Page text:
Thickness and characteristics of soil-regolith profoundly govern groundwater interactions and subsoil water movement, water storage and nutrient availability. As such, the soil-regolith has important bearing on land use, and the viability of land-based industries dependant on rooting depth, e.g., agriculture and forestry. In addition, from a mineral exploration perspective, the surface geochemical expression of buried deposits is often intrinsically linked to the nature and thickness


A soil profile comprises an A and B horizon. This profile with AB features horizons that have undergone strong pedogenesis by chemical, physical and biological action to such a degree that the material retains none or little of the fabric of the rock below, i.e., the presumed parent material in an in situ soil profile. The C horizon is a mineral layer below the AB profile that retains at least some of the rock fabric due to variable degrees of in situ weathering. The composition and fabric of the C horizon can range from almost complete mineral alteration, to secondary minerals (e.g., Fe-oxides and clays) with only the most resistant minerals (e.g., quartz) being retained, to moderately weathered material which retains much of the primary mineralogy and fabric of the bedrock. Deeper still is the R layer, which consists of a continuous mass of rock that may have undergone minor weathering along fractures and bedding/cleavages. These horizons broadly equate with completely, highly, moderately and slightly weathered bedrock zones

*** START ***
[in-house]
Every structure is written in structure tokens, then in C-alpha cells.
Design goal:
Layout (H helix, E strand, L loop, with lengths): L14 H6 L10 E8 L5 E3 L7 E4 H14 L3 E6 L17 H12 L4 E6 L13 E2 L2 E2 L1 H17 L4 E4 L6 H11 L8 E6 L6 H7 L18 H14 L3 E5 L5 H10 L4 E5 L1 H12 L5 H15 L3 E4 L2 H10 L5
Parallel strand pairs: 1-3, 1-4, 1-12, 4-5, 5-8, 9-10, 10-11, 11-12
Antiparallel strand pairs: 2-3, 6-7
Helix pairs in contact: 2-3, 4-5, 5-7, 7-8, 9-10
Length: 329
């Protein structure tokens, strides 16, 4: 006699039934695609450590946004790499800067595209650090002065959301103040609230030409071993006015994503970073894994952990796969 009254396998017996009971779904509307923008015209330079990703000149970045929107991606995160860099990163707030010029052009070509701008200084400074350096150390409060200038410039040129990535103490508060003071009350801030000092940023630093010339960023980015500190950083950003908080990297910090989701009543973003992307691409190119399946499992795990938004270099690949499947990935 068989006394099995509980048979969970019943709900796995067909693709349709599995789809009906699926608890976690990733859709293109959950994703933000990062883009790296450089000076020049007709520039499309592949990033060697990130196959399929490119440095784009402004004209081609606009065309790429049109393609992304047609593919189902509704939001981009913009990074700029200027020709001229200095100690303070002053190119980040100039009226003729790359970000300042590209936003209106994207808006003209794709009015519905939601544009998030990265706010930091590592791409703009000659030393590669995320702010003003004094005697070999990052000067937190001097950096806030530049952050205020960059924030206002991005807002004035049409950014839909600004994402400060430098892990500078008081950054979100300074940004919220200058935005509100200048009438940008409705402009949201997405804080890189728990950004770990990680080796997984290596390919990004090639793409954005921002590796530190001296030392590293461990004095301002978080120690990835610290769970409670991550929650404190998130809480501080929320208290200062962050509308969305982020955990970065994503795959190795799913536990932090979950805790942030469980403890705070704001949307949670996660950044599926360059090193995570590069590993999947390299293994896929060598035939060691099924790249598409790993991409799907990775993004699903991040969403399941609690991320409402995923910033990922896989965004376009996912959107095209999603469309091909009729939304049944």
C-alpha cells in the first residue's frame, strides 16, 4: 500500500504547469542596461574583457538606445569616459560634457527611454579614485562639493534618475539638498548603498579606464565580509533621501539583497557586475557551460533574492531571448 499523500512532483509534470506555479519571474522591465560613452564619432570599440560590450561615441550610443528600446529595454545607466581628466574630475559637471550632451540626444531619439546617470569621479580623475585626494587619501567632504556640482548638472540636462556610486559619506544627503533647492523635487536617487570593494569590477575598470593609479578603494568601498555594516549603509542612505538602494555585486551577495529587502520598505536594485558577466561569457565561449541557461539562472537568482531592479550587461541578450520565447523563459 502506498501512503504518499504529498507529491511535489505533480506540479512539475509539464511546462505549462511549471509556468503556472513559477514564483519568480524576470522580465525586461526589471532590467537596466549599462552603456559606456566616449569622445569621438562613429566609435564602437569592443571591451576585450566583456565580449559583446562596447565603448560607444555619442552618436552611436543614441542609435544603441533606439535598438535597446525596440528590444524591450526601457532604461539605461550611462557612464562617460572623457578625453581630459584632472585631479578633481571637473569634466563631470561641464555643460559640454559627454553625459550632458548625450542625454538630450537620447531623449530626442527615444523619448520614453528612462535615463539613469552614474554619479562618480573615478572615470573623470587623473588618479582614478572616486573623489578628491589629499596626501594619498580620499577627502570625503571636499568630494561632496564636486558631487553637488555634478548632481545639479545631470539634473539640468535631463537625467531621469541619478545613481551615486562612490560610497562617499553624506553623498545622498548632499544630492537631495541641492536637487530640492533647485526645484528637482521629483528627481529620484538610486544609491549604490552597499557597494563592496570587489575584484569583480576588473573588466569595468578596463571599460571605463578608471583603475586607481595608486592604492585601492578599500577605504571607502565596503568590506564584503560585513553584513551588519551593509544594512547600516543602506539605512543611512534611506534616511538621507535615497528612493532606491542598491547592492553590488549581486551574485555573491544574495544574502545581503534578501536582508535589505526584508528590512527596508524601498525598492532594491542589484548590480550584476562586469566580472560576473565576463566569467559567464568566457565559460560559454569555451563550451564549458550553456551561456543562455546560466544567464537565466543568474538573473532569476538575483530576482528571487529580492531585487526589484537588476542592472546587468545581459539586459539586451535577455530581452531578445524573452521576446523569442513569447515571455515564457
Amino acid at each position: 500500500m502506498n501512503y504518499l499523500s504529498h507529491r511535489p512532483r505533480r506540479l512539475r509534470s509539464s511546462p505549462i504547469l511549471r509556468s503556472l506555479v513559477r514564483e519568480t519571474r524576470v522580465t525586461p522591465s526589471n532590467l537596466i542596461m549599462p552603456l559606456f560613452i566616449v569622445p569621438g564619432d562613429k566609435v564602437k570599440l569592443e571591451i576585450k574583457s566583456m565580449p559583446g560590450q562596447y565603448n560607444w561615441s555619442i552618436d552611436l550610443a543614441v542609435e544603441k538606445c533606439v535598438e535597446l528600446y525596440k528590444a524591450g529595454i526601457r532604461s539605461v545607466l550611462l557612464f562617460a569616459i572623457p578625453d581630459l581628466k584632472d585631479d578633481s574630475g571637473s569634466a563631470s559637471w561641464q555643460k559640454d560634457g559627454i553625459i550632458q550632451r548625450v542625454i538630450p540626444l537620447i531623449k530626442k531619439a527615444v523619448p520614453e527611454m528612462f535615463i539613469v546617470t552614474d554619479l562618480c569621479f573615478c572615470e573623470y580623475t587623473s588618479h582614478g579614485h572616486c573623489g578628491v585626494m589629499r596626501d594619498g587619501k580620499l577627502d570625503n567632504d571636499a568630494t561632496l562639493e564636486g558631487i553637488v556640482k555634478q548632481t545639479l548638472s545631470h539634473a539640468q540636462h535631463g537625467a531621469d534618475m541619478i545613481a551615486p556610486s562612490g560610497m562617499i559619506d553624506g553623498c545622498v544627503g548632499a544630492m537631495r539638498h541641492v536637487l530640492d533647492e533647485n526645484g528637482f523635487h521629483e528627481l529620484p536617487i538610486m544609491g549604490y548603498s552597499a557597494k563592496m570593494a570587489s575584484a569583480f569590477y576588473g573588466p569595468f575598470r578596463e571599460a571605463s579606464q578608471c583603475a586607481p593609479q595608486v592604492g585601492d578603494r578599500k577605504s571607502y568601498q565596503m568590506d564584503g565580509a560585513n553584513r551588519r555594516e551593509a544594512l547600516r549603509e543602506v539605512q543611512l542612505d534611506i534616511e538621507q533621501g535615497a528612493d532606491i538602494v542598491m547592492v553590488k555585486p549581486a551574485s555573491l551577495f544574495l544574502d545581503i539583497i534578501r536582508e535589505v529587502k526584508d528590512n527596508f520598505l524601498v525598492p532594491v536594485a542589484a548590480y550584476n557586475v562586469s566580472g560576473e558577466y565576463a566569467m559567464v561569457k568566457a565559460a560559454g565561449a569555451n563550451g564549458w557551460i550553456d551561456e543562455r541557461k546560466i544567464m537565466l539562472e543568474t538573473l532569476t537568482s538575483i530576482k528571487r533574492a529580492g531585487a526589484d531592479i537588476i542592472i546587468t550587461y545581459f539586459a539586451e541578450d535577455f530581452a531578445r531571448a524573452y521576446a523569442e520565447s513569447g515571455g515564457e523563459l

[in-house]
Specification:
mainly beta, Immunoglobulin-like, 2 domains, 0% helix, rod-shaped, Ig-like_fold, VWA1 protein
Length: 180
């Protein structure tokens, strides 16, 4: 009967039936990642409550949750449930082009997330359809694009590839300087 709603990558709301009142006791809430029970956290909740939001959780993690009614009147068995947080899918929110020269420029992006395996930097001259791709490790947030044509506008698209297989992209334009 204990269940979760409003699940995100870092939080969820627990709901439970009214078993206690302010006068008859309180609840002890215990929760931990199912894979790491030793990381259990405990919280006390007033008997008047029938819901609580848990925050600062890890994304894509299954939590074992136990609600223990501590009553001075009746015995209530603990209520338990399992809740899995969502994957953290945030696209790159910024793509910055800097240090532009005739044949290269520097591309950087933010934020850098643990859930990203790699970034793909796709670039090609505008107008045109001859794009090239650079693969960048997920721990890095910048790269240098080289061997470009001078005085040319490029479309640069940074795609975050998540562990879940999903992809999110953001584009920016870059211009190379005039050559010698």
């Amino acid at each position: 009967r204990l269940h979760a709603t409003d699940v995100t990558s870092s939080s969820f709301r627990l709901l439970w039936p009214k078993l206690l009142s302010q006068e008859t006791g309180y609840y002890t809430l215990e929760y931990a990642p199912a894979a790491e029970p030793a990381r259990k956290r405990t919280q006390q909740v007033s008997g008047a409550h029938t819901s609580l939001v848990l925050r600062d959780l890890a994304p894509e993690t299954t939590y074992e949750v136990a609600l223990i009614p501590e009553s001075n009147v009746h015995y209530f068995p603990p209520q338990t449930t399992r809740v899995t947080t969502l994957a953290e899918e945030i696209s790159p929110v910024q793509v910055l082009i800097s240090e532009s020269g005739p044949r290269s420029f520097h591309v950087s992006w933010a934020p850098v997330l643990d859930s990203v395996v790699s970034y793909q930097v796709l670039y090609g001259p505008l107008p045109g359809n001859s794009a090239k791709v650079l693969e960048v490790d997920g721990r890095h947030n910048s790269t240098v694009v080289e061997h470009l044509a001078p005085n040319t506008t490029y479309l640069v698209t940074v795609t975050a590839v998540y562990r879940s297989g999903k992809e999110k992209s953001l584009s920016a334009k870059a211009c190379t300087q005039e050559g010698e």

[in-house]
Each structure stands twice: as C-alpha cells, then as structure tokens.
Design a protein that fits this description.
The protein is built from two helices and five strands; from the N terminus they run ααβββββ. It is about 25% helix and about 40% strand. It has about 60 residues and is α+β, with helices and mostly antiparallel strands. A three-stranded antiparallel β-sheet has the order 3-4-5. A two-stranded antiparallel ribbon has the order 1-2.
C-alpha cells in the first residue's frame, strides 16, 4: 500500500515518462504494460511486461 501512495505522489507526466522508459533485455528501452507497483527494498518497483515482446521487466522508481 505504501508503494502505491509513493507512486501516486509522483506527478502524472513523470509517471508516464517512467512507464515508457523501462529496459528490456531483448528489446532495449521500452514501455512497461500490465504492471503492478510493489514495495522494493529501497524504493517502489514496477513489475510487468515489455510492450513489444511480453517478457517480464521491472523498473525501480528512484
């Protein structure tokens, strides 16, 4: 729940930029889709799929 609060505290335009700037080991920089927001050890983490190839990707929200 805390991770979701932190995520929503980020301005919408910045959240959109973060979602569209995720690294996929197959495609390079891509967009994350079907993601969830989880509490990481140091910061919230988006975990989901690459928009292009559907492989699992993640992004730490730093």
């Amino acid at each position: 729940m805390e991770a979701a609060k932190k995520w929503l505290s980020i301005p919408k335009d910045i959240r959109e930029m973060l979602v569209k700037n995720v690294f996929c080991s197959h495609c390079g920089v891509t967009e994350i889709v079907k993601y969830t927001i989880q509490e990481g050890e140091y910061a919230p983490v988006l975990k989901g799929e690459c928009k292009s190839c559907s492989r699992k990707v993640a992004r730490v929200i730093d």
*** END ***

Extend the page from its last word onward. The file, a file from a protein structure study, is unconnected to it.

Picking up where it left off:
of the regolith cover. Given this importance, therefore, it is surprising that there is a dearth of specific depth information incorporated in most soil-regolith mapping. There is a mature tradition in traditional soil mapping of relying on conceptualisation of soil-landscape models. These models are based on the interaction of multiple soil forming factors, including relief, biology, climate, parent material and age (Jenny, 1941). Soil-landscape models ranging from catchment to paddock scale (e.g., 1:100,000-1:10,000 scale) typically bear the strongest overprint of relief, with the other factors influencing to lesser and varying degrees. One of the key factors influencing soil-regolith thickness is landscape age and the associated processes of regolith formation and removal through time. Most soils maps and associated descriptions focus on the upper A and B horizons of the weathered zone or, in the case of deep regolith, the last pedological overprint on invariably a much older weathering profile. Regolith-landform maps are typically under-pinned by a stronger focus on landscape age (often conceptual) through an understanding or reconstruction of landscape evolution through time. However, both mapping approaches are limited by a scarcity of accurate site depth information, typically beyond a couple of meters. Drill logs, e.g., as used in mining, stratigraphic and hydrological work, can provide useful information. However descriptions from these logs are typically difficult to interpret or translate into depth estimates due to a lack of standardised terminology or coring methods. Despite detailed soil mapping and drilling throughout the Mt Lofty Ranges there was limited site information on soil-regolith thickness for modelling soil-regolith depth. This lack of deeper subsurface information restricted our depth prediction to the upper part of the weathered zone but allowed us to incorporate observations from road cutting and gully exposures to populate and constrain the model.